each person plays many different roles
     CLASS EXERCISE: list the various roles and their expectations for each student
         Role expectation—what you are supposed to do
         Role performance—what you actually do
         Role ambiguity—when the issue is blurred
         Role conflict—incompatible demands placed on a person by conflicting status
held at the same time (worker/student)
         Role strain—when incompatible demands are built into a single status that a
person occupies (mother) creating stress—social changes have both increased role strain
and lessened ascribed status (women’s role)—sometimes to further complicate issues,
sociobiology also has an impact (a woman cannot have children after menopause, or a
person involuntarily is forced to retire from work)
         Role reversal
         Role distancing—when a persona consciously remains apart from a particular
role, especially a temporary one (temporary work, for example)
         Role exit—when people disengage from roles that have been central to their self-
identity (divorce, ex-nuns, retirees, Charlie, drug addicts, etc)
                 1. doubt
                 2. search for alternatives
                 3. turning point
                 4. final action

        Concerted activity—two or more people who interact frequently, share a common
identity and a feeling of interdependence
        Primary group—small and over an extended period of time

         Secondary group—larger, more specialized group in which members engage in
personal, goal-oriented activities for a short period of times—schools, churches, etc—
sports teams, social activities—
         Social solidarity—
         Social network—
         [Let me add the difference between inherited social networks and created social
networks—reflects process of socialization, maturity—stress the skill of creating a social
network, moving beyond the inherited networks of your early years]
         Formal organization—highly structured—here’s a cultural conflict: can a formal
organization set its own rules for admission or do these rules come under political
surveillance—opens issue of norms and their enforcement, by either informal or legal
         Social institution—a set or organized beliefs and rules that establishes how a
society will try to meet its basic needs—an institution is ―a standardized way of doing
something‖ (148)-certain basic elements of social survival need to continue and a social
institution helps meet these needs:
             Children are born and socialized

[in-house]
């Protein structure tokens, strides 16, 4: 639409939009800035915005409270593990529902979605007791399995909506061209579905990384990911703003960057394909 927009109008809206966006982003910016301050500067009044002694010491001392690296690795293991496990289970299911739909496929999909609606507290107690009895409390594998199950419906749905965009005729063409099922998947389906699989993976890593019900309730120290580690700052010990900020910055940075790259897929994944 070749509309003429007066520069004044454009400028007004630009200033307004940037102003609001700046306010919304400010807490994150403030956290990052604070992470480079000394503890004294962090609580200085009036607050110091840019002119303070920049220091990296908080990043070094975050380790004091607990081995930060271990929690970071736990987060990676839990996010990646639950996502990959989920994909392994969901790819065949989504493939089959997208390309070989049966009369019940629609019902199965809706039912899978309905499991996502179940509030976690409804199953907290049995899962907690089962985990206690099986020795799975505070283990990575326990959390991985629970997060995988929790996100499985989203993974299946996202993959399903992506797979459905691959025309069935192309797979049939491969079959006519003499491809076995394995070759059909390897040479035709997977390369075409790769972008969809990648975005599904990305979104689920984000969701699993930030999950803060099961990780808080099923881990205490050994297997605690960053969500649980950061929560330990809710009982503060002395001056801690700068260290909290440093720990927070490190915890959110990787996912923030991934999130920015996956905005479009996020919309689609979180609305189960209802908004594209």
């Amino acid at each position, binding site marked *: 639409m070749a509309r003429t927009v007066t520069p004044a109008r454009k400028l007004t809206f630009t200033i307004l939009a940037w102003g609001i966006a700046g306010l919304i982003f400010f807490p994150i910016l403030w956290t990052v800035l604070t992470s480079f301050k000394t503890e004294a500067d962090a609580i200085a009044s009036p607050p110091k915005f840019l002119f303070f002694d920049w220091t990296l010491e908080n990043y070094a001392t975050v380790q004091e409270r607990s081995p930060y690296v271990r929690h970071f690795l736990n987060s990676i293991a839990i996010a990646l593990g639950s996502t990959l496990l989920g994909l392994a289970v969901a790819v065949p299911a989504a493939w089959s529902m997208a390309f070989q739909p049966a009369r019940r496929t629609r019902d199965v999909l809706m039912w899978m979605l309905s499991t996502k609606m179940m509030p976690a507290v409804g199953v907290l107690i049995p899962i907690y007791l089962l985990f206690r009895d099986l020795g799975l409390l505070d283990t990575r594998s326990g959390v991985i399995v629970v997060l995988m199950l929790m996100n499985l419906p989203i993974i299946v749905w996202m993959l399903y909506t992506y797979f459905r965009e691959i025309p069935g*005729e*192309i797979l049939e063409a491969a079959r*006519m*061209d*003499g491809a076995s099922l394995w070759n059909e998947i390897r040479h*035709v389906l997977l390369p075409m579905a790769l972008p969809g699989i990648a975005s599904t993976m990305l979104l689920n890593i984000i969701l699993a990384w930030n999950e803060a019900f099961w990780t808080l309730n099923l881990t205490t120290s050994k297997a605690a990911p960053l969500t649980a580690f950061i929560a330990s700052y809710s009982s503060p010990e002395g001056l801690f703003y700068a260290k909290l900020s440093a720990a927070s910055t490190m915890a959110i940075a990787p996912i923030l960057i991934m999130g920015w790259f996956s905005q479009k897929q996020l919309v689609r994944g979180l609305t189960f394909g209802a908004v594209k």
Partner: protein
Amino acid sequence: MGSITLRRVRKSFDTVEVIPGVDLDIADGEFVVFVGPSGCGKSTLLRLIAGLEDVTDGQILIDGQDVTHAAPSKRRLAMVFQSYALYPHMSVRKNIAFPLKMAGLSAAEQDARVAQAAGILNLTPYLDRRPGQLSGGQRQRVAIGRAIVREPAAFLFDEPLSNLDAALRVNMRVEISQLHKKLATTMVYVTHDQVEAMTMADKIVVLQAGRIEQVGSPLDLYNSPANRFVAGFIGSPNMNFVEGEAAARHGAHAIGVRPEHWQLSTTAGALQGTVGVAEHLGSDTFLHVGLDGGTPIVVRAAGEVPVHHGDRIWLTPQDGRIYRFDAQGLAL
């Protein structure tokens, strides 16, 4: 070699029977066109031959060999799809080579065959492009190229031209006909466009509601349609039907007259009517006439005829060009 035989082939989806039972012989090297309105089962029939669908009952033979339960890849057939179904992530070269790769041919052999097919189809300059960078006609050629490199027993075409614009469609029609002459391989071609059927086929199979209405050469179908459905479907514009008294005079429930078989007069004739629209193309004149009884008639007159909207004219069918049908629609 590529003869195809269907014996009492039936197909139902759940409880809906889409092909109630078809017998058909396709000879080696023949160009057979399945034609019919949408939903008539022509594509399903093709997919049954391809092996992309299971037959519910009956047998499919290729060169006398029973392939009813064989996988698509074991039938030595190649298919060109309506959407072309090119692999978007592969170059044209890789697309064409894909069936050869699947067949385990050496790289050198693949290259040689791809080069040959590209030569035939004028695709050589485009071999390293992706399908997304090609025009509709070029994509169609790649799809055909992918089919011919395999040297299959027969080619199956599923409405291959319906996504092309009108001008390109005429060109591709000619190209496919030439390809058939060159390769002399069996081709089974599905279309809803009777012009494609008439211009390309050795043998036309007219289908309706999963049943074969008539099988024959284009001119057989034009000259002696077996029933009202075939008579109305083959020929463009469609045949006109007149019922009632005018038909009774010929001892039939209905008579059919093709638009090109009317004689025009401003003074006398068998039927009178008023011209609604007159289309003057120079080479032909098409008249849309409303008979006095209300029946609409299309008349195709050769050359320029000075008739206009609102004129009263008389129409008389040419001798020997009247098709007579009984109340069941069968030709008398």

 Goods and services are produced and distributed
             Order is preserved
             A sense of purpose is maintained

Originally there were five basic groups, also included as agents of socialization:
       1. the economy
       2. the family
       3. religion
       4. education
       5. government or politics
       6. recent additions are mass media, sports, military, science and medicine
Functionalists believe these social institutions create stability and predictability and
should be protected and preserved—five areas for social institutions:
               a. replacing members—to fill in for previous members who die or move
               b. teaching new members—process of socialization or enforcement
               c. producing, distributing and consuming commodities and services
               d. preserving order
               e. providing and maintaining a sense of purpose

        Conflict theorists do not believe that all social institutions work for the common
good (which is, in itself, a value, contrary to the super-individualistic morality of
capitalism)—opens issues of power and authority, and deals with those who have no
power or resources—accuse the functionalists of maintaining power and privilege—leads
into political priorities as well
        Homelessness as a social problem—includes all of the dimensions of the various
        Symbolic interactionists—deal with society and its development at a micro
level—the meanings of life that we develop and that others ascribe to us—shared

meanings and interaction order—society is a series of subjective meanings that
individuals give to their experiences—
        Harold Garfinkel created ―science‖ of ethnomethodology: the study of